Last Saturday night Haunted History After Dark welcomed four courageous visitors to the tour. John and Lisa (at right) are proprietors of a well-known business in not only a busy district of Old Town today, but in Fort Collins early history, was the heart of the city. This was an area of much activity especially in the late 1870’s and 1880’s as the town grew south and west from the new Fort site. Churches, hotels, blacksmith shops, and the first fire house in Fort Collins inhabited this historic area. We thank John and Lisa, and their brave friends, Zach and Susan for their generosity in sharing their own stories and for taking our tour.
Fort Collins is a very interesting city with an extraordinary past. Early in its history, our town attracted not only educated, well to do Easterners, but it also lured those working for the railroad, miners, cowboys employed by large livestock company’s, homesteaders, and others looking to start a new life in the American Frontier. Even as early as the 1860’s the protection of the Cavalry at the new fort brought in many new residents which included brave entrepreneurs like Judge Stone and Joe Mason, bankers and mercantile men like William and Frank Stover, land owners like Abner Loomis, as well as livestock ranchers and Cavalry men like Norman Meldrum and Asaph Allen. You might notice that these names look very familiar, as we travel down their streets every day.
Joe Mason Street, is always a crowd pleaser right about 3:00 p.m. as the Colorado and Central journey’s through Fort Collins and halts travel for miles. The traffic jam it causes usually ruffles a few feathers, understandably. But, this may ease your mind a bit, the next time you are stopped on Mason Street as the train goes lumbering by, remember that without Joe Mason and the other names mentioned above, we might not even have had a town as wonderful as Fort Collins to call home. Joe actually helped the 11th Ohio Volunteer Cavalry pick the site for the new Fort back in July of 1864. He was the first postmaster, first sheriff, and first store owner in Fort Collins.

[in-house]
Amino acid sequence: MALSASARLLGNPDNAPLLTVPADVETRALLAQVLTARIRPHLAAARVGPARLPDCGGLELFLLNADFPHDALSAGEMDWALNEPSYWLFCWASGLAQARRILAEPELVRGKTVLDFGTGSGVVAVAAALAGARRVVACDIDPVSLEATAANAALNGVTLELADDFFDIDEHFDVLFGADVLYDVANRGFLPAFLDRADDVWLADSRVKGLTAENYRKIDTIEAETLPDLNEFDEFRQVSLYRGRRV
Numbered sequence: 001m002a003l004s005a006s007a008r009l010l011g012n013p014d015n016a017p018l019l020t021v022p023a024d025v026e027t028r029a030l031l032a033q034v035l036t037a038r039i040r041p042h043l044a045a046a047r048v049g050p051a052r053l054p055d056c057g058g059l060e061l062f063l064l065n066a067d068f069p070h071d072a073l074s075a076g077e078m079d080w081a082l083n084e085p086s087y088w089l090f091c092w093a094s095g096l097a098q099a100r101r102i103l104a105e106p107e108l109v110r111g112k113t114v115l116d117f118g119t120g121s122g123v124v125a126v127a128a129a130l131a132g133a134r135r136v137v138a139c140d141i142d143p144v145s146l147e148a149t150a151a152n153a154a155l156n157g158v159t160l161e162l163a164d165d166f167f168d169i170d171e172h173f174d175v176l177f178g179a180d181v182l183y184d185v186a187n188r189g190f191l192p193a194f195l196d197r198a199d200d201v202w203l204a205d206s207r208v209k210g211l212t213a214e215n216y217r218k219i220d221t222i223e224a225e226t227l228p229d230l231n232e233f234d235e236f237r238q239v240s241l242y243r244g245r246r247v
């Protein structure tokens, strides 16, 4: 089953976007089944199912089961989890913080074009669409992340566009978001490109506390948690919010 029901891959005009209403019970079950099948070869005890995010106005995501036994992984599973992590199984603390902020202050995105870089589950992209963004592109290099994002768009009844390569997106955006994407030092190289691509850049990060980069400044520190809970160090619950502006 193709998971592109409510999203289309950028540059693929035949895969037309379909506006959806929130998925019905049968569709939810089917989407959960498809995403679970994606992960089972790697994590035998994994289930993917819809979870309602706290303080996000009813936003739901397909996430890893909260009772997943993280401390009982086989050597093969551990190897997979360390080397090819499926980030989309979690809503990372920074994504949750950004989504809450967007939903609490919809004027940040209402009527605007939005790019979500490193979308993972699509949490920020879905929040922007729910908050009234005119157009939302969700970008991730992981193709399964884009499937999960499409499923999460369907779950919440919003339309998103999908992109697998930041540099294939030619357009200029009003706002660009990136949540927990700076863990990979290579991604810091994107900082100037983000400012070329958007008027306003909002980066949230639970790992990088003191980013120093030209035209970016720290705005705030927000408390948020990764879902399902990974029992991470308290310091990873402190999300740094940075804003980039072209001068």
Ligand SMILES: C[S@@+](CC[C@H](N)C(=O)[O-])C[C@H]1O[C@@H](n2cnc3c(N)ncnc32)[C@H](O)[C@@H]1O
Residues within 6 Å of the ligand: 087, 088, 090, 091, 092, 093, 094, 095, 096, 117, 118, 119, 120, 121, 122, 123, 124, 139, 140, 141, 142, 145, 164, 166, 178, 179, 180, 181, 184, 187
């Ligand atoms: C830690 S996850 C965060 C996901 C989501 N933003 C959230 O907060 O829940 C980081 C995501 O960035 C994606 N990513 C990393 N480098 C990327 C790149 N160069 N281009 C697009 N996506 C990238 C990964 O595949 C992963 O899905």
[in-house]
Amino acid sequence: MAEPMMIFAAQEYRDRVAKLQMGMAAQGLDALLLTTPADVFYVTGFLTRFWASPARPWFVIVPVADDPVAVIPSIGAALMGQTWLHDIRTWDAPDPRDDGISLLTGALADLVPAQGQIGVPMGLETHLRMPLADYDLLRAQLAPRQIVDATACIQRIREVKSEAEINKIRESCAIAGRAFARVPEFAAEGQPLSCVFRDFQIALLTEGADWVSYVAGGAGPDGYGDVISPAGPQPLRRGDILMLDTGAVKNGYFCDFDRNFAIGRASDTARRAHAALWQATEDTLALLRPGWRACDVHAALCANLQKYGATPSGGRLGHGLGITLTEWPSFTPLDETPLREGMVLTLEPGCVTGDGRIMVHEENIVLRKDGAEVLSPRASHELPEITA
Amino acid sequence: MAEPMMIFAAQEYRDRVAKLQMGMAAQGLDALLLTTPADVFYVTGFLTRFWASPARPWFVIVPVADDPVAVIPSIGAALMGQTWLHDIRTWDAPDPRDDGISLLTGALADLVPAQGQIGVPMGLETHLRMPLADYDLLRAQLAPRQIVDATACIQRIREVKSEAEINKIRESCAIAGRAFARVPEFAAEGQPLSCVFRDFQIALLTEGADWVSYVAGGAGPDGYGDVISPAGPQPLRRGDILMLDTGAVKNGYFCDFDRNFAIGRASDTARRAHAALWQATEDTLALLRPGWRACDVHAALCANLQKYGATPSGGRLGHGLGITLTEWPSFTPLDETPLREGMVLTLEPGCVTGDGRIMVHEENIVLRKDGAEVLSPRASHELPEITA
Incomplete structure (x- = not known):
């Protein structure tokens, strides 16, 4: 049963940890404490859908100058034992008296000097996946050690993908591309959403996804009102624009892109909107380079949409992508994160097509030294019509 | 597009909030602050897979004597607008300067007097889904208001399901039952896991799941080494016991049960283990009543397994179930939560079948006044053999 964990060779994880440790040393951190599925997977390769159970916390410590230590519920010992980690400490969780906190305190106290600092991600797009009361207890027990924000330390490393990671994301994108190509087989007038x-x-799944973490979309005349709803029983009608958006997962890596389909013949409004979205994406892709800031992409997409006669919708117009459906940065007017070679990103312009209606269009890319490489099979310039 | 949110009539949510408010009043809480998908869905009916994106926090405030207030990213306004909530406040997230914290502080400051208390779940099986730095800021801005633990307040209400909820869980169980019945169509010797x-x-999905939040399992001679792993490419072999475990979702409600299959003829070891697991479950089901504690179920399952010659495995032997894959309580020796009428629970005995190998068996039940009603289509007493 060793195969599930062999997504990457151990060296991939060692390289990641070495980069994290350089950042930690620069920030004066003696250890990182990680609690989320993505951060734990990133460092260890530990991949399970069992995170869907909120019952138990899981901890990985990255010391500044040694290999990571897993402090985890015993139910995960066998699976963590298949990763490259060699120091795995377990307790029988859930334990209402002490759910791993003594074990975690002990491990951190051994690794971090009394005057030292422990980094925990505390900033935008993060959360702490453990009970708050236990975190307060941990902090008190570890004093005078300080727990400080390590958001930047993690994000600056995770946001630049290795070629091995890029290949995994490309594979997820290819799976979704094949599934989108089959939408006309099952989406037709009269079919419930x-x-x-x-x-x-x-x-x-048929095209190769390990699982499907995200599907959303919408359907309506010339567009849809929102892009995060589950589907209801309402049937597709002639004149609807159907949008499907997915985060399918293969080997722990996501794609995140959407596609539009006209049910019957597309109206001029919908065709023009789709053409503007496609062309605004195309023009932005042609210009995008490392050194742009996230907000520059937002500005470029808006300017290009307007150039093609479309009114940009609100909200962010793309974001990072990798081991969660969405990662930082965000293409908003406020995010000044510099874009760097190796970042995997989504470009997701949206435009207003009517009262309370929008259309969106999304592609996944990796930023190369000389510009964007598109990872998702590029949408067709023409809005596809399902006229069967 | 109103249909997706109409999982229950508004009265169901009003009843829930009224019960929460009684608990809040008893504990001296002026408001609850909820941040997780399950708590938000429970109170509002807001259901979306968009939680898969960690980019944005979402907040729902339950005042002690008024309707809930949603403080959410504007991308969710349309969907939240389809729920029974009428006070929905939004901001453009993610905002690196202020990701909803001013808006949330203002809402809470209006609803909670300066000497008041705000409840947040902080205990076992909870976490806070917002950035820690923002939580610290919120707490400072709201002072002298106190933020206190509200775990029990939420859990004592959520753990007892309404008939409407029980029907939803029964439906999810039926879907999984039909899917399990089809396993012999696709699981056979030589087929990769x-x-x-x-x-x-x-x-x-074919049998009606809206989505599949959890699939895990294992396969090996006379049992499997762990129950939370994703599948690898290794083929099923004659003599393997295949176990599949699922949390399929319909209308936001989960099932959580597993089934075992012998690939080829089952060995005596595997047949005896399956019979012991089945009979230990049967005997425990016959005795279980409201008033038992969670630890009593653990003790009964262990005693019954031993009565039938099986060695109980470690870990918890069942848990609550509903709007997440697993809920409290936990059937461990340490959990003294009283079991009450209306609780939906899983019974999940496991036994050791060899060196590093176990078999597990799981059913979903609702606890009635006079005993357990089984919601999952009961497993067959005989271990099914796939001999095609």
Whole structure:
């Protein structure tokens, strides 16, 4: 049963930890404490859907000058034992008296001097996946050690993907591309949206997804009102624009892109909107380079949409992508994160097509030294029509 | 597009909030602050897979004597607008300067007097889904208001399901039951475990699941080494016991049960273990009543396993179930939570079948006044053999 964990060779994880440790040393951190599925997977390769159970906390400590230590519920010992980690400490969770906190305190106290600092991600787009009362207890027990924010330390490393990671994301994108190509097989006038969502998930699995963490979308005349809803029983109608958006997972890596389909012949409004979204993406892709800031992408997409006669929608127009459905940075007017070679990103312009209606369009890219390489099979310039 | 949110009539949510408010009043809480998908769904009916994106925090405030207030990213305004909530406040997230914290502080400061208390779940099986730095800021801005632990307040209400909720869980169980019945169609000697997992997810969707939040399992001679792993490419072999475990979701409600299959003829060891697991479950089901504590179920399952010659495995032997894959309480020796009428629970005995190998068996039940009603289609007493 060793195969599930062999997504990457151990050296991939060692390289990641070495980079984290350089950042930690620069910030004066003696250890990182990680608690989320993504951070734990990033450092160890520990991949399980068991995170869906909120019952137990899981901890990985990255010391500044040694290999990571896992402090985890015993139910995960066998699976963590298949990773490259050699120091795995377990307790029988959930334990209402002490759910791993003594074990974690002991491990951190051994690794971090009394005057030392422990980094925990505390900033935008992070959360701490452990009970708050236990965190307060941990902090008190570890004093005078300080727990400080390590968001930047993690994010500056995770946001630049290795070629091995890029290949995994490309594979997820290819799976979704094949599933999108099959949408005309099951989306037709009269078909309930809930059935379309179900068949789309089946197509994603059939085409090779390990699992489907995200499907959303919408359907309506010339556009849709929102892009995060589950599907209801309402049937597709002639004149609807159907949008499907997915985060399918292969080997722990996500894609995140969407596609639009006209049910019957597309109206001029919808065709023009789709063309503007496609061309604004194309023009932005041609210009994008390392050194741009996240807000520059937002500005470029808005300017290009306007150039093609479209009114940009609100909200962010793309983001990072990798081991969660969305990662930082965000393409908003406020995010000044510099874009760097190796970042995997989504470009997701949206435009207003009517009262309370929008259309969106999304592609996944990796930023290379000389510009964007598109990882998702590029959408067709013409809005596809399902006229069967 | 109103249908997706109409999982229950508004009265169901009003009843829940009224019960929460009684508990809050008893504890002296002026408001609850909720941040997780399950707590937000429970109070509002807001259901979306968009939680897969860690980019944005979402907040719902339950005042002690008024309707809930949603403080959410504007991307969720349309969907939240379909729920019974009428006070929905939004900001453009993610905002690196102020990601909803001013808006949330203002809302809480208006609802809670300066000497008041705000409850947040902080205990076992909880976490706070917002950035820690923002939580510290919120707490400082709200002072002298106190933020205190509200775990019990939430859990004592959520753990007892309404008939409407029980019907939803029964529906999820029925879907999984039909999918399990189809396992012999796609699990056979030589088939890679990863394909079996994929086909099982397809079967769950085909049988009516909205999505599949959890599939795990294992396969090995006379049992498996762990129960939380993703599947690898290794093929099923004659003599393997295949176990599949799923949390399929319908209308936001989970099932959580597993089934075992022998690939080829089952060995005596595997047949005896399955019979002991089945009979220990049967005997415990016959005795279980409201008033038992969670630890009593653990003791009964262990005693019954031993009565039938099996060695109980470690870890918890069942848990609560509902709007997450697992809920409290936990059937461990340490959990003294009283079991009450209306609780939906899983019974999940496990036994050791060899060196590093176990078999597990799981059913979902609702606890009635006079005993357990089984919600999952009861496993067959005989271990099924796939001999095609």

If it weren’t for these few courageous settlers who decided to stay after the Cavalry left in 1867, Fort Collins may have been just another ghost town on the prairie. And when the Colorado and Central tracks were laid in town in 1877 (it was then called the Colorado and Southern) the town population tripled in size. This inconvenience for us today actually put us on the map 134 years ago!
By the 1870’s and forward we had many new residents from all walks of life looking for freedom and fortune in the West. This wonderful complex mix of demographics, cultures, and backgrounds created a colorful landscape for an early town. By 1883 Fort Collins not only had a new fire station on Walnut, a reputable and expensive financial institution on Linden and Walnut, an Agricultural College of the west (now Colorado State University), as well as many reputable homes and stores on College, but it also had 5 brothels, 13 saloons, and various gambling houses with only a population of 1356! This blend of goals and aims of residents for this new town of Fort Collins occasionally caused conflict, persecution, crime and often time’s death.
Through Grace’s natural intuitiveness and my historical research we can take you back in time and put you in touch with one of the most famous locations where those two early cultures clashed, as well as the site where an early resident met his demise and the social political outcome of his death that altered the city for 131 years!
Learn more on the Haunted History After Dark tours which run Thursday and Saturday nights at 7:30pm or by reservation. $10 per courageous visitor or $35 for a brave group of four. Contact email@example.com or call 970-690-7986. Tours begin in front of Boutique Bravo and Mother Lode Gallery at 136 West Mountain Avenue. This location is also haunted and the business of Boutique Bravo has found its home in many haunted Old Town locations for over 33 years!
YOUR HAUNTED JOURNEY STARTS AT DUSK!
Historical photos courtesy of Fort Collins museum and Poudre River Library.